School and teacher development
Teachers are a critical factor in education reforms but their role is all too often overlooked.
Modern vocational education and training has shifted from preparing people for a narrowly defined job for life to broader preparation for life in a volatile labour market. This has dramatically changed the role of teachers from being instructors passing on professional traditions to becoming facilitators and even counsellors helping students to develop key competences so they can adjust more flexibly to changing demands.
This has huge implications for tens of thousands of teachers who often chose their profession because they were attracted to very different tasks from those they now face in their daily work. Unless these teachers can be motivated and provided with the tools they need, any attempt at reform, no matter how well-conceived, has little chance of success.
The needs of teachers must therefore be considered throughout - at the planning stages of reform, in policy and strategy development, in teacher training and in the school environment, which is also dealing with rapidly changing conditions.
Schools are taking on a new role, particularly in local development, where their traditional function as trainers of youth is moving into new areas and policy makers must endeavour to help them to see the myriad new challenges as opportunities, not threats.
The ETF takes the role of schools and teachers seriously throughout its work. It tries to convince policy makers to take the impact of the new education paradigm on schools and teachers into account from the outset.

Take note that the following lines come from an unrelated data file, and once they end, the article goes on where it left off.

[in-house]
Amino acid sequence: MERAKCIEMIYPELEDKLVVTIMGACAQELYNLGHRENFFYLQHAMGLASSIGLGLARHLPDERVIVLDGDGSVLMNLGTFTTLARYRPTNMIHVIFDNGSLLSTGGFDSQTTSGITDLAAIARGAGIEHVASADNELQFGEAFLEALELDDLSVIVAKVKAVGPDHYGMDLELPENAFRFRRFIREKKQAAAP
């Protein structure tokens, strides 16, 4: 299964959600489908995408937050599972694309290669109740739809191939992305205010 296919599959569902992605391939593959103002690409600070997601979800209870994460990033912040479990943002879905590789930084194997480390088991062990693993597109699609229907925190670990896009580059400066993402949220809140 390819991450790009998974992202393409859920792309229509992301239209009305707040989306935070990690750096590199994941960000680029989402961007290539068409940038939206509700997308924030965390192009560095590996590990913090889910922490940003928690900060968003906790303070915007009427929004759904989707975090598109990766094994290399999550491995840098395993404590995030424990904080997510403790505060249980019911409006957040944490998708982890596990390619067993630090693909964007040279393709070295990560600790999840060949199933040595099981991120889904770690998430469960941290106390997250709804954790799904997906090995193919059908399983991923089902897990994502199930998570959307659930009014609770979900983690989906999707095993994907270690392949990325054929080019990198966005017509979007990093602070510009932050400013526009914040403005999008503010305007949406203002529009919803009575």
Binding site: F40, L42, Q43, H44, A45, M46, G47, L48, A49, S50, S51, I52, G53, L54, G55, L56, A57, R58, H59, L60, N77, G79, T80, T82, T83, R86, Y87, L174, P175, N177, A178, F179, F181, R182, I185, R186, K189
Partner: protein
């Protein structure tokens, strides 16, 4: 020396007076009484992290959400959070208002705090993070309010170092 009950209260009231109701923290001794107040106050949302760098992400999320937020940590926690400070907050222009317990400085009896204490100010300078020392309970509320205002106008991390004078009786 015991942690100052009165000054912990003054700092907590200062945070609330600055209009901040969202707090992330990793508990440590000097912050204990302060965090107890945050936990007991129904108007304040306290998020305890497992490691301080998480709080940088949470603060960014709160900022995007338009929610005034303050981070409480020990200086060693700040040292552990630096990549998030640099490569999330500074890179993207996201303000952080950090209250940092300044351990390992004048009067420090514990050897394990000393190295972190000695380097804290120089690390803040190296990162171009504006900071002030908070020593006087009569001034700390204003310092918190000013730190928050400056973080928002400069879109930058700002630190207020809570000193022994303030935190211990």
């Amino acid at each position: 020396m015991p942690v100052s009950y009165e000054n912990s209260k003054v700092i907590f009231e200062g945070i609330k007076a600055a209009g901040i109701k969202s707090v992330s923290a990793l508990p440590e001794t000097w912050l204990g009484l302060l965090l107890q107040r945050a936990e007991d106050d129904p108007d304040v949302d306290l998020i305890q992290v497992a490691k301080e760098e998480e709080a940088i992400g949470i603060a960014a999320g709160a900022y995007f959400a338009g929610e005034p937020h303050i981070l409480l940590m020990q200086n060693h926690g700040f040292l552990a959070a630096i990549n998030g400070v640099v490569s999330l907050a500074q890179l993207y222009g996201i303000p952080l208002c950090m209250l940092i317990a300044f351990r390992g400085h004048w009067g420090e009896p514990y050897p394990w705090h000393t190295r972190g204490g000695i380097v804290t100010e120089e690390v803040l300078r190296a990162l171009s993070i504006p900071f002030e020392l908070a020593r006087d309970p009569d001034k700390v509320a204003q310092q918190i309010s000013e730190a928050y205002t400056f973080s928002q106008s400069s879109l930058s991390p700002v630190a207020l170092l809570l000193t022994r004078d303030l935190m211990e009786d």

In projects such as the one addressing social inclusion through education and training in the Western Balkans, the role of teachers receives particular attention. In 2009, the ETF initiated a study that maps policies and practices for the preparation of teachers for inclusive education in contexts of social and cultural diversity in the region.
ETF work in candidate country Turkey also has a strong teacher training component. Here the focus is on school leadership, the development of in-service teacher training and support to a vocational training centre of expertise at Sakarya University.
A good example of a project transforming schools into flexible centres for community learning is currently unfolding in Central Asia. In this three-year project, schools in Kyrgyzstan, Kazakhstan and Tajikistan are learning to use self-assessment and quality control as tools to support school development in a lifelong learning perspective. It is now being extended to include Turkmenistan and Uzbekistan.